The bright, orange and pink lobby of Stapleton’s Balfour Senior Living Center had begun to fill up. Silver haired residents shuffled in slowly, some with walkers, some with canes, others carrying nothing but notepads and pencils. Excited whispers drifted through their midst, smooth jazz floating from some unseen speaker. If I didn’t know any better, I might have thought I had wandered into Balfour’s bingo night… But these seniors weren’t here for bouncing balls and bingo calls. No. They were here to expand their minds and learn all about the many medicinal properties of marijuana.

Senior citizens and pot are not two things people often associate together. And indeed, this “Cannabis 101” course for seniors is the first of its kind anywhere in America. Balfour Senior Living, Holos Health (a Colorado holistic medicine organization) and Stratos cannabis products teamed up to put this singularly progressive event together. They recognized a clear gap between the world of medicinal marijuana products and the senior population. A gap that kept natural, holistic medicine from some of the people who need it most — a gap that these seminars aimed to bridge.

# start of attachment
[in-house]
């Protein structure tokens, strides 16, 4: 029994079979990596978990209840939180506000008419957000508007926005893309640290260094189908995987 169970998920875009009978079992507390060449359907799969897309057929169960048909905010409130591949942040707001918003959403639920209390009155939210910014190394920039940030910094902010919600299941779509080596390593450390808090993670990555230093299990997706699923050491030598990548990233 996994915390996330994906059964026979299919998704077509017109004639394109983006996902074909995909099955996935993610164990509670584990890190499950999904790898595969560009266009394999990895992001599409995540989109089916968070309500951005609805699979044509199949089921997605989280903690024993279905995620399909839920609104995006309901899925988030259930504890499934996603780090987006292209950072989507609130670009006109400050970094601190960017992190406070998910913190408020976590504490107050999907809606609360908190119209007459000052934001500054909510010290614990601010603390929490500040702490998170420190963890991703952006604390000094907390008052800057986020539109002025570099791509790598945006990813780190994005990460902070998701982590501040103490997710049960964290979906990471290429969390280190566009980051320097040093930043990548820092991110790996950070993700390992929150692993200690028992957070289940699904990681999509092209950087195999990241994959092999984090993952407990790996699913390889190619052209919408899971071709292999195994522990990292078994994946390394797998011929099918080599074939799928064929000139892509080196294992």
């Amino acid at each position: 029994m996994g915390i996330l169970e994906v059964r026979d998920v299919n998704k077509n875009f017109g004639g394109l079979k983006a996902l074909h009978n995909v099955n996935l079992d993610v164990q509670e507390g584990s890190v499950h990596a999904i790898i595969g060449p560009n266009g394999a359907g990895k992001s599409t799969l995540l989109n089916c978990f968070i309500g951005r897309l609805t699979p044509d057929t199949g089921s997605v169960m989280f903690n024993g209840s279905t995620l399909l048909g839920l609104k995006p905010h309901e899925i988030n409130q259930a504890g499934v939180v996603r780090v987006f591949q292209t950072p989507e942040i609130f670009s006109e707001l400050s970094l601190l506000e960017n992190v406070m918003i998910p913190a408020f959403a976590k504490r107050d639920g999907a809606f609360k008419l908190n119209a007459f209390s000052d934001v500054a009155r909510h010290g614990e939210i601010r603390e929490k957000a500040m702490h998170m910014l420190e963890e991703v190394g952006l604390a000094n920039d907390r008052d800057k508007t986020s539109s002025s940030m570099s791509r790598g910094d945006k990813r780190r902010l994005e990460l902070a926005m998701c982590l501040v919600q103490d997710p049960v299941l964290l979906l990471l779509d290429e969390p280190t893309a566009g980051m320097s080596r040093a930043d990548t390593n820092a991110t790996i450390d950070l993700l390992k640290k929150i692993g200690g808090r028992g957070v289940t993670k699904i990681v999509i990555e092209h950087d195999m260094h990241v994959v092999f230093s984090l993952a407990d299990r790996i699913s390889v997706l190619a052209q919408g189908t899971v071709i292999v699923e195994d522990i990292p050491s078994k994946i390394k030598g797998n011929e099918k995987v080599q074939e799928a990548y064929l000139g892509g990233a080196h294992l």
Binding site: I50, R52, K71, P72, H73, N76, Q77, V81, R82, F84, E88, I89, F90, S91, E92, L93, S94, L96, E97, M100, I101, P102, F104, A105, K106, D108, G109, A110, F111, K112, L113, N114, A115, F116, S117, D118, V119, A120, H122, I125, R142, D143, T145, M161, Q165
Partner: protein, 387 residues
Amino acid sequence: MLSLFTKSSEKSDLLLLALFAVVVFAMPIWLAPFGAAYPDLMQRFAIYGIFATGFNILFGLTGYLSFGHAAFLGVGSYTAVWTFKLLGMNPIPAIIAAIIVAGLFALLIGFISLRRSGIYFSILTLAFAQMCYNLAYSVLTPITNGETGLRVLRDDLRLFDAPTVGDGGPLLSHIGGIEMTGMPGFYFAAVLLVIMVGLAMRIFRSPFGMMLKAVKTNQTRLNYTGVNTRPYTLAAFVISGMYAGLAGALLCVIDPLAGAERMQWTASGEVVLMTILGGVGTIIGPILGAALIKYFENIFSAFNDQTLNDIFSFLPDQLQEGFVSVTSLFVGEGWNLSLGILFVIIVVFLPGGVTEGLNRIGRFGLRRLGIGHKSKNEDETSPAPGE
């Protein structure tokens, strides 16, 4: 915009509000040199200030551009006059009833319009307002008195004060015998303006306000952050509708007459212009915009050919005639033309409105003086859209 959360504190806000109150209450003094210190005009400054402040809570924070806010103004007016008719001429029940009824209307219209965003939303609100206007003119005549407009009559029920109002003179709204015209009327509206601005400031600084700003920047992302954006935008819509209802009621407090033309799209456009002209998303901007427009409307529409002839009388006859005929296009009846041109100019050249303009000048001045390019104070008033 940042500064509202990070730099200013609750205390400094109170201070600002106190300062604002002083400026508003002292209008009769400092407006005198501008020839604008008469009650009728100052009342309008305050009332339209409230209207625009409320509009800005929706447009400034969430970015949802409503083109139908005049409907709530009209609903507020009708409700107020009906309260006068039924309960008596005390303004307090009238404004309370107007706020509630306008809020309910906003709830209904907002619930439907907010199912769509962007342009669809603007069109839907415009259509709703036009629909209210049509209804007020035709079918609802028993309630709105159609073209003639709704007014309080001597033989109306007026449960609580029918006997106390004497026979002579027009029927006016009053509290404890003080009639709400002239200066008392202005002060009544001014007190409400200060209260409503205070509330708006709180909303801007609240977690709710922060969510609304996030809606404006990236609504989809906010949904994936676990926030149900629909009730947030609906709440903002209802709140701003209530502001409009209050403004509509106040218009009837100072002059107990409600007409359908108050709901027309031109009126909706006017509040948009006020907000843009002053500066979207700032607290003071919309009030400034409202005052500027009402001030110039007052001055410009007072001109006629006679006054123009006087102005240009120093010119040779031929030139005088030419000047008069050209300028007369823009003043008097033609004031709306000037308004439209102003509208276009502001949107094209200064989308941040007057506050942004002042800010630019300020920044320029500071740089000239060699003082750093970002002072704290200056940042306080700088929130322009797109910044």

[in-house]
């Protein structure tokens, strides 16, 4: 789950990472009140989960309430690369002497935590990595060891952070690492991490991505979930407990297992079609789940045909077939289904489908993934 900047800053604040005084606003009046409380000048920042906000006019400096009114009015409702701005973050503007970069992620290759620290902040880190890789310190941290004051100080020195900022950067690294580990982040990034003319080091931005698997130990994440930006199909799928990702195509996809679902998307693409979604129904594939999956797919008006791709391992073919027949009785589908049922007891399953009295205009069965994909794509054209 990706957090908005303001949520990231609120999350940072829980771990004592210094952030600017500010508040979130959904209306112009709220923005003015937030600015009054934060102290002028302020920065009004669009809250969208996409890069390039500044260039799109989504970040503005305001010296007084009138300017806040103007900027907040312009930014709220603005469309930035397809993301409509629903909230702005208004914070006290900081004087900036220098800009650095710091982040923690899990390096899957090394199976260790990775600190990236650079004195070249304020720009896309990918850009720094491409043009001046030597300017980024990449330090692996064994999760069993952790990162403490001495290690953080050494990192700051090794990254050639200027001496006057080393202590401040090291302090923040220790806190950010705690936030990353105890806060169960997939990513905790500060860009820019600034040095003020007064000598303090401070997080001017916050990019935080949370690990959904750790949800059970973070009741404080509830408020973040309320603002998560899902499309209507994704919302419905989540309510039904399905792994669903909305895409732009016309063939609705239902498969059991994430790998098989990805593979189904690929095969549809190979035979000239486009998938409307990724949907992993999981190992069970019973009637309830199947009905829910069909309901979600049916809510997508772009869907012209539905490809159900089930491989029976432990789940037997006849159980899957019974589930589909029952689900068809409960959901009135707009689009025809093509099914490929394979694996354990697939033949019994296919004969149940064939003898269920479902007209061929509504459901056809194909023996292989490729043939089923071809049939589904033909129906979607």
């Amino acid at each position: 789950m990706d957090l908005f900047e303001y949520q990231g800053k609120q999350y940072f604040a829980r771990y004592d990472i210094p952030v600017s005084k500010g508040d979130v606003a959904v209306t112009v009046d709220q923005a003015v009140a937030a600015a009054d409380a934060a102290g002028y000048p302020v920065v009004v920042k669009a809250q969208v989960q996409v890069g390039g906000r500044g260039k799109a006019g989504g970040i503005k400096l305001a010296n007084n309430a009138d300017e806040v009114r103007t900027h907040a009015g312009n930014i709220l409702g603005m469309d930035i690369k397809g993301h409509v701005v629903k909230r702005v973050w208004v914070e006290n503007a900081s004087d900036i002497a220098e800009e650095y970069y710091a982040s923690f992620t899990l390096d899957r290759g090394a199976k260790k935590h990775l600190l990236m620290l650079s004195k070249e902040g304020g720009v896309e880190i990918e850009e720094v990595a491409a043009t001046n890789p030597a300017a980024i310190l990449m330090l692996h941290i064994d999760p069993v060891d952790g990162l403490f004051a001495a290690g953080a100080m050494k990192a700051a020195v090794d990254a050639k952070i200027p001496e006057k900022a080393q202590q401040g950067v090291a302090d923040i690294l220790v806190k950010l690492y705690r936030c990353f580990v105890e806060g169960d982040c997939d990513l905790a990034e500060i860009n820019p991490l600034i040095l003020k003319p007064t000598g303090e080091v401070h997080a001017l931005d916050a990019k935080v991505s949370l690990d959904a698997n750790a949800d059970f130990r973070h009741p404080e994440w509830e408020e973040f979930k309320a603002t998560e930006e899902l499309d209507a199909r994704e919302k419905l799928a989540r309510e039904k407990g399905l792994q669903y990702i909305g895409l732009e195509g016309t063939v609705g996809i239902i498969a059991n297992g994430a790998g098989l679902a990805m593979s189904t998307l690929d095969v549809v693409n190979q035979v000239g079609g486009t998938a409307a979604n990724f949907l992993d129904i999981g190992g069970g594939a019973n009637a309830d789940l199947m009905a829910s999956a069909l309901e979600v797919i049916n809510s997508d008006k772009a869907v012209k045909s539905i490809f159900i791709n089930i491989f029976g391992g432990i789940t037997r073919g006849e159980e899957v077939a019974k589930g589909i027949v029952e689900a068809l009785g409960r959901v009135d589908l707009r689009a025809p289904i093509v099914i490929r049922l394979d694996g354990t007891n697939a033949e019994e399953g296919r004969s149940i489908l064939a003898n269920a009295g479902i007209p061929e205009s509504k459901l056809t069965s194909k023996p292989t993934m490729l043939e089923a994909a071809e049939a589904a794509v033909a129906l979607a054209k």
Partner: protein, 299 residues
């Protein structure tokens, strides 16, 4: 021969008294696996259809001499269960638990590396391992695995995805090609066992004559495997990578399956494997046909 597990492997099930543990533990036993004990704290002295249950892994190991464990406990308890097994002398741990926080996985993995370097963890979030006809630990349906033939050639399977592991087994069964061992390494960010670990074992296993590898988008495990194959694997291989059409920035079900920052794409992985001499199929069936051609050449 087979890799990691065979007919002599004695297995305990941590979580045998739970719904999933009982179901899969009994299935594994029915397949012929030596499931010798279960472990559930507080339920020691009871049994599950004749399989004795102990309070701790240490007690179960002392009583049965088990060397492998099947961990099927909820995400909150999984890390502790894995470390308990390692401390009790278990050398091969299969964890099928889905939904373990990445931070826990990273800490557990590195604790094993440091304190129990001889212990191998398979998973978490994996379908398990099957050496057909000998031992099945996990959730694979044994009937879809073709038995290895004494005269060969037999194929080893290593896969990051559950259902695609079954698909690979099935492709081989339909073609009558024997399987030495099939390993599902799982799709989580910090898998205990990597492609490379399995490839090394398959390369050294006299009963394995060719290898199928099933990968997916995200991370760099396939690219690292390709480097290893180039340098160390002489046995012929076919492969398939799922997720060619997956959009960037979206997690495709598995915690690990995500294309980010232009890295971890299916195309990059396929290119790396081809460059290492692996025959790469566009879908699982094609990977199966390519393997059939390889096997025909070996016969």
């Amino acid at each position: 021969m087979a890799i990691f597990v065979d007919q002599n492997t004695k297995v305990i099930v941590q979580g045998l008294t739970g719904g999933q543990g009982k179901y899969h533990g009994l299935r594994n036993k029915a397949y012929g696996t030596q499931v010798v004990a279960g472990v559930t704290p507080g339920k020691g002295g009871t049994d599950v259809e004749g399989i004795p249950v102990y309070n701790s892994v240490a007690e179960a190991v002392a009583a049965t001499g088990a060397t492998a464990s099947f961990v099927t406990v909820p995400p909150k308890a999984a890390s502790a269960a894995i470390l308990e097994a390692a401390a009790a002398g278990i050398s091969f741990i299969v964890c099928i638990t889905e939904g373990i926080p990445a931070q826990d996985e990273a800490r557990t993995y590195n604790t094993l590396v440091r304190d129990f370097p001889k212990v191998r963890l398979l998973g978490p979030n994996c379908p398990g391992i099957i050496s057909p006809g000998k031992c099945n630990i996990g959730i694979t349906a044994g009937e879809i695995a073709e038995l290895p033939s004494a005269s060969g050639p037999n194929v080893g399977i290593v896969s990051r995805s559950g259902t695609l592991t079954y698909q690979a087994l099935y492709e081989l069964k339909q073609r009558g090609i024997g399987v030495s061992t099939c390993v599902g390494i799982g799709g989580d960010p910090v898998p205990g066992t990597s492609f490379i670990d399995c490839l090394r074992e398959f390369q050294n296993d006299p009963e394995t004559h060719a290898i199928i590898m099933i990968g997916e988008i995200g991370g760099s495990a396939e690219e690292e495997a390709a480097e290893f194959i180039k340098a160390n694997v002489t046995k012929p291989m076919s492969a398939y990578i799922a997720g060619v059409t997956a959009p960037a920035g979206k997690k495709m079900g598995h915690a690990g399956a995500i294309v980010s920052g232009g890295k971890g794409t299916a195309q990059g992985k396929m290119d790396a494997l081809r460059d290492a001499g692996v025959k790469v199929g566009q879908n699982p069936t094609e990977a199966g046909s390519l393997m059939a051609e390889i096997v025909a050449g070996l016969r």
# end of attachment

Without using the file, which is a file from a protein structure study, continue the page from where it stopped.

When Stratos first approached Balfour with the idea, they had originally planned to do only one of these “Cannabis 101” courses. But the initial public response was so massive they realized they would need more, and decided instead to run four. The first few had been standing room only — with well over 100 people in attendance. This was the fourth and final session of the summer, and it was shaping up to be their smallest so far.

Even still, seating in the room grew scarce as the audience trickled in. And it wasn’t just Balfour’s senior community filling those seats — curious middle-aged couples and groups of friends, interested individuals and at least one father and son were all seated like college students patiently waiting for their lecture to begin…

Dr. Sarah Berke, a clinician and MD with well over twenty years in medicine under her belt, now working with Holos Health, took to the stage promptly at 4:00. And as she did, pencils all around the room perked up and the buzzing audience quickly quieted.

Class was in session.

What followed was an incredibly informative, highly professional and scientific breakdown of the benefits and potential medicinal applications of cannabis and cannabis products. It covered everything: from the endocannabinoid system, to delivery methods, micro-dosing instructions, CBD v. THC and the medical applications for both. She talked about the munchies, touched on dabbing, bongs, and hash, and offered this clever memory trick for the difference between indica and sativa strains: